Gates undercut himself on the competitive threat the F-22 will have to counter, however, revealing that foreign versions of the fifth generation fighter will appear sooner than previously thought. In his budget cut announcements, he decried a military desire to “run up the score” in areas of military technology where the US is already dominant.
“Our conventional modernization goals should be tied to the actual and prospective capabilities of known future adversaries, not by what might be technologically feasible for a potential adversary given unlimited time and resources,” Gates said.
However, in a Pentagon press conference the next day, he asserted that “the intelligence that I’ve gotten indicates” that initial operational capability for a Russian fifth generation fighter “would be about 2016, and in China would be about 2020.”
Speaking to the National Aeronautic Association in April, Schwartz acknowledged that “243 is the military requirement” for the F-22. For all that, however, he said he had concluded that “more F-22s are unaffordable in the context of other things we must do.” Asked if 187 represents a “high risk” fleet—given that 381 was deemed low risk and 243 a moderate risk—Schwartz declined to comment further.
At an April 23 Center for Strategic and International Studies seminar on the actual need for F-22s, panelists concluded that Gates’ decision to halt the F-22 at 187 aircraft wasn’t backed up by any discernible analysis. Gen. Gregory S. Martin (Ret.), former head of Air Force Materiel Command and US Air Forces in Europe, said Gates’ number was “driven by a budget drill.” Adm. John B. Nathman (Ret.), former vice chief of naval operations, said that the lack of a “strategic model … [was] one of the key gaps” in justifying Gates’ Raptor numbers, and the termination will serve to erode the nation’s aviation industrial base. Rebecca Grant, head of the Mitchell Institute for Airpower Studies, called the 187 figure “a made-up number” that had no basis in Air Force calculations.
Rep. Joe Sestak (D-Pa.), an F-22 critic, told the symposium that even he was dismayed that “the strategic template for ‘why’ was missing” from the April 6 budget announcements.
During an April 21 quarterly conference call with defense reporters, Lockheed Martin Chief Financial Officer Bruce L. Tanner said that the company would stop all lobbying to keep the F-22 line going, saying that Gates and the Air Force “are all completely aligned on this matter from top to bottom.”
At a Brookings Institution symposium on irregular warfare on April 24, Schwartz was asked if he thought there was “proper strategic underpinning” to Gates’ cuts. Schwartz replied that he thinks they “were thought through” at Gates’ level, and that “the truth of the matter is … we have to contain the infinite appetite” for greater capability.
However, Schwartz said the Air Force won’t “sit still” and forgo arguing “our case or for what we think the joint team needs from its Air Force” in the upcoming Quadrennial Defense Review.
“We will argue … strenuously; we will make the best possible case we can,” he said.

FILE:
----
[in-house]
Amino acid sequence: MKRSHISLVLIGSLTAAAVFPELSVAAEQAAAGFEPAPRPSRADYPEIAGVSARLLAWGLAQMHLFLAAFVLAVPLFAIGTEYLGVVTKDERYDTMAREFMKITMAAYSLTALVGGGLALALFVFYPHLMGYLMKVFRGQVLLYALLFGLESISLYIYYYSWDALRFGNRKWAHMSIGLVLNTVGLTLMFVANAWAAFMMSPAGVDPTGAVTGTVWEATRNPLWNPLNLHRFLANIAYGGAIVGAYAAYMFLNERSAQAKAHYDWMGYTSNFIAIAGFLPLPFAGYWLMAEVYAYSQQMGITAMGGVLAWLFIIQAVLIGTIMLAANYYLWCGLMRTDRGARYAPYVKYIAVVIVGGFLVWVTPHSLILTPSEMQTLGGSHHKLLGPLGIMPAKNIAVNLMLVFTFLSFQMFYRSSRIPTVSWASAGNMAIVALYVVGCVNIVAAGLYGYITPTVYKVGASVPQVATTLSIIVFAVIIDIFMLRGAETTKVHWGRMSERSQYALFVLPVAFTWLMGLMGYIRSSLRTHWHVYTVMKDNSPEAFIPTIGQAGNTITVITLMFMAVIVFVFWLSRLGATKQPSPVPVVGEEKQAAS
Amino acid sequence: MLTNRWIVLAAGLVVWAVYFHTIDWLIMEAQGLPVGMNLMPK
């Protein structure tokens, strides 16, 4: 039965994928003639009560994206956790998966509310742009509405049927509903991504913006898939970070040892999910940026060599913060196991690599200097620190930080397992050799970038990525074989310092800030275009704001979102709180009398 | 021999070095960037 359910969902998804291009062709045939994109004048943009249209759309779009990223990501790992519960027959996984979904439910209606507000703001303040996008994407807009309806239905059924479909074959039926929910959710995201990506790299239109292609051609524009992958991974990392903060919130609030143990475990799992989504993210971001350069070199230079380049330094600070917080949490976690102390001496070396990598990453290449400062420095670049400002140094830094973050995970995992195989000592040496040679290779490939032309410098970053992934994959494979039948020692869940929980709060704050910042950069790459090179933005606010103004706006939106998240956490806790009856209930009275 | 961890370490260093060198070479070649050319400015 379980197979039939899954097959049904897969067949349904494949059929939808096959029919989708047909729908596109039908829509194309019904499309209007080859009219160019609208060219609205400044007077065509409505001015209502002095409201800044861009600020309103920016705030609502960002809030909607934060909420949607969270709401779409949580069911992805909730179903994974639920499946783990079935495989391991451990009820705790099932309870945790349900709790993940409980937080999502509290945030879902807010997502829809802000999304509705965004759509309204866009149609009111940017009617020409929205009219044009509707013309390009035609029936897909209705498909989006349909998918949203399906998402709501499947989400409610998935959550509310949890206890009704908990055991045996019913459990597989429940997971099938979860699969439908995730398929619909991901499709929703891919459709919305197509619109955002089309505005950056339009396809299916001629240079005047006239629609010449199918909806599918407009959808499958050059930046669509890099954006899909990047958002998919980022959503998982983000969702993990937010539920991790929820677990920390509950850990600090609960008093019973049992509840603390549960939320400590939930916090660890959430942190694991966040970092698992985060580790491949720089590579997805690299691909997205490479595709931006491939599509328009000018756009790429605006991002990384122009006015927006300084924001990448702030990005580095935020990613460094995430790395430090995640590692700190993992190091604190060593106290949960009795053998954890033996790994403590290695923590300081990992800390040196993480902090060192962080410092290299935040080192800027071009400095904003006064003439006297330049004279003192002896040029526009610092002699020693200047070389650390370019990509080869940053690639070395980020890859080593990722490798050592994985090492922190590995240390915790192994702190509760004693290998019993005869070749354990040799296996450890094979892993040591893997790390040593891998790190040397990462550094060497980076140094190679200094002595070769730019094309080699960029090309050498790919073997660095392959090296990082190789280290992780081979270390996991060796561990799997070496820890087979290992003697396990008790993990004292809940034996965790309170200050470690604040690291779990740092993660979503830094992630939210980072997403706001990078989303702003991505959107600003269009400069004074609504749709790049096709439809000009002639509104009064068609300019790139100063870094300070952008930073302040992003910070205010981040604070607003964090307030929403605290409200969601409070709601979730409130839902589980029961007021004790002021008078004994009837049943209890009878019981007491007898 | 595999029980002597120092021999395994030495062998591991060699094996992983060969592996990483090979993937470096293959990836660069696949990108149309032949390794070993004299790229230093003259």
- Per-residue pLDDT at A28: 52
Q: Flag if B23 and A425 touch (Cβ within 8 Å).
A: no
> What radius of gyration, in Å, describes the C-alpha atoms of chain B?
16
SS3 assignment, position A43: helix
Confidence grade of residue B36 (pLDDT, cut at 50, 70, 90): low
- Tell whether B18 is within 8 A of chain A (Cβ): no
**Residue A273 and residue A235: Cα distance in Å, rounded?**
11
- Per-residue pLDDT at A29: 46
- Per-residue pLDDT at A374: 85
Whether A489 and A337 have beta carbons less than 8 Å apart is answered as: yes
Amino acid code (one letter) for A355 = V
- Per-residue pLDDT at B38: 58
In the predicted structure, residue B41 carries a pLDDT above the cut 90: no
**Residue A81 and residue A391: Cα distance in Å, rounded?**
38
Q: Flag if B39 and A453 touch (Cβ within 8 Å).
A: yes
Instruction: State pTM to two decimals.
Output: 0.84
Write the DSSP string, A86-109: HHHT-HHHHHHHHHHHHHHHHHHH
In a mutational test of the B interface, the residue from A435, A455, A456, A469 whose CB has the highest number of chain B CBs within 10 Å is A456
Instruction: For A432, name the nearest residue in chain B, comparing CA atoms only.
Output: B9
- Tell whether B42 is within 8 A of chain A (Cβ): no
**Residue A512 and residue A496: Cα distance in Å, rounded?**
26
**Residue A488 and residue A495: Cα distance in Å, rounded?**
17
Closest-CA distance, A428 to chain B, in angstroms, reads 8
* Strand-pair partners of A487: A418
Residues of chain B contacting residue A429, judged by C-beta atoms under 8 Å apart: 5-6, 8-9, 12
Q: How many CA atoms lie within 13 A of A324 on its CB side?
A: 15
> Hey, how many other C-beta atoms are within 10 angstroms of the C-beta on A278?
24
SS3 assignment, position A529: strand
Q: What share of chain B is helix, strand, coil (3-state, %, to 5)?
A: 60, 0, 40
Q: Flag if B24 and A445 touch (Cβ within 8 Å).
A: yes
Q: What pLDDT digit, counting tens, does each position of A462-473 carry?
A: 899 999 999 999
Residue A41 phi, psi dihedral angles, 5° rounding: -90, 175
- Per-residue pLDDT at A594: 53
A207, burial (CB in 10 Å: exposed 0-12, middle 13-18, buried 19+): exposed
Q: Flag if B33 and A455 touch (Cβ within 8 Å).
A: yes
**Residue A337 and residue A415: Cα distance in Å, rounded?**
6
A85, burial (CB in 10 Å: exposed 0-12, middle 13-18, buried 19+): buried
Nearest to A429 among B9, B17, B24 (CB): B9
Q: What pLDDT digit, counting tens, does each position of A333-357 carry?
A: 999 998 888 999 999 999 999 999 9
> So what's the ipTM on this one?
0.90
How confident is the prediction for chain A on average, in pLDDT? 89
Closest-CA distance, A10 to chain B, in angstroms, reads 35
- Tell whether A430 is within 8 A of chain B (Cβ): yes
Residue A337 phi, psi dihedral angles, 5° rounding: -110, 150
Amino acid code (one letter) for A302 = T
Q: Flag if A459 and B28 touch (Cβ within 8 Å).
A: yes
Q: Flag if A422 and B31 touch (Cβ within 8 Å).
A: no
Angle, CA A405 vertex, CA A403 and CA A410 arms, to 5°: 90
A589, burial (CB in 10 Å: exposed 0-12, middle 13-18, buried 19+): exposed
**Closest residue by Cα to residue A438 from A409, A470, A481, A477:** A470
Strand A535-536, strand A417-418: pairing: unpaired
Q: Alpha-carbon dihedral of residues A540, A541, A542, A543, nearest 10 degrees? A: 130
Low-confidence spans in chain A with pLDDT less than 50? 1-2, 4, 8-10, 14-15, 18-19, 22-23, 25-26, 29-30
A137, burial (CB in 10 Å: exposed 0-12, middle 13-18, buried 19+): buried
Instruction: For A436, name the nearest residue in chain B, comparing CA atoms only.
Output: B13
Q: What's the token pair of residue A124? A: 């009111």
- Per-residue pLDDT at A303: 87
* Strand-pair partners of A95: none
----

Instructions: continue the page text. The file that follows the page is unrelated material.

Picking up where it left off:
John Hamre Takes Exception
Defense Secretary Robert M. Gates’ rash of big-ticket program terminations proved to be wildly popular among those who generally consider defense spending to be a waste of taxpayer dollars. Still, there are at least a few who worry about letting one man’s gut instinct take the place of reasoned strategy, analysis, and old-fashioned debate.
One who issues such a warning is John J. Hamre, president and CEO of the Center for Strategic and International Studies. Hamre is a former deputy secretary of defense with long and deep ties to the defense establishment in Congress. Hamre, who commands respect on both sides of the political aisle, cautioned that the media and the nation as a whole shouldn’t simply accept Gates’ pronouncements as the last word on major weapon systems. The debate should just be beginning, he insisted.
“I’m a huge admirer of Secretary Gates,” said Hamre at an April 23 CSIS seminar on tactical air issues. “I really do think he’s done a superb job.” However, Hamre said, “what’s emerging in Washington” is a media climate that cheers anyone in the Pentagon who suggests cutting defense.
“The media conclude, ‘Finally, somebody in DOD is being honest. … Finally, they’re telling the truth.’”
However, Hamre said this bandwagon effect only serves to stifle the real issues of long-term security that have to be addressed. He expressed his worry that “anyone who questions [Gates] is somehow parochial and self-serving, [that] there isn’t a wider interest to be debated.”
He said the narrative is “evolving into a ‘virtuous Secretary of Defense who is now being confronted by venal politics.’”
Hamre—certainly near the top of the short list of Democratic figures who could have filled the Defense Secretary job had President Obama not made the bipartisan gesture of retaining Gates—said that Gates did right by trying to make “a rational set of choices about how we should move forward. It’s exactly what you want in your Secretary of Defense.”
Hamre said, “He’s thought his way through it, and now we, … we Americans, we citizens, … have to think our way through it.”
He noted that many of the decisions Gates has aired “are going to affect the shape of our capabilities for the next 25 years,” just as “we are … the beneficiaries of decisions made about 20 years ago that reflect what we have today.” The Pentagon’s budget and plans, he noted, have “a very long-range time horizon. You have to think in long cycles in this business.”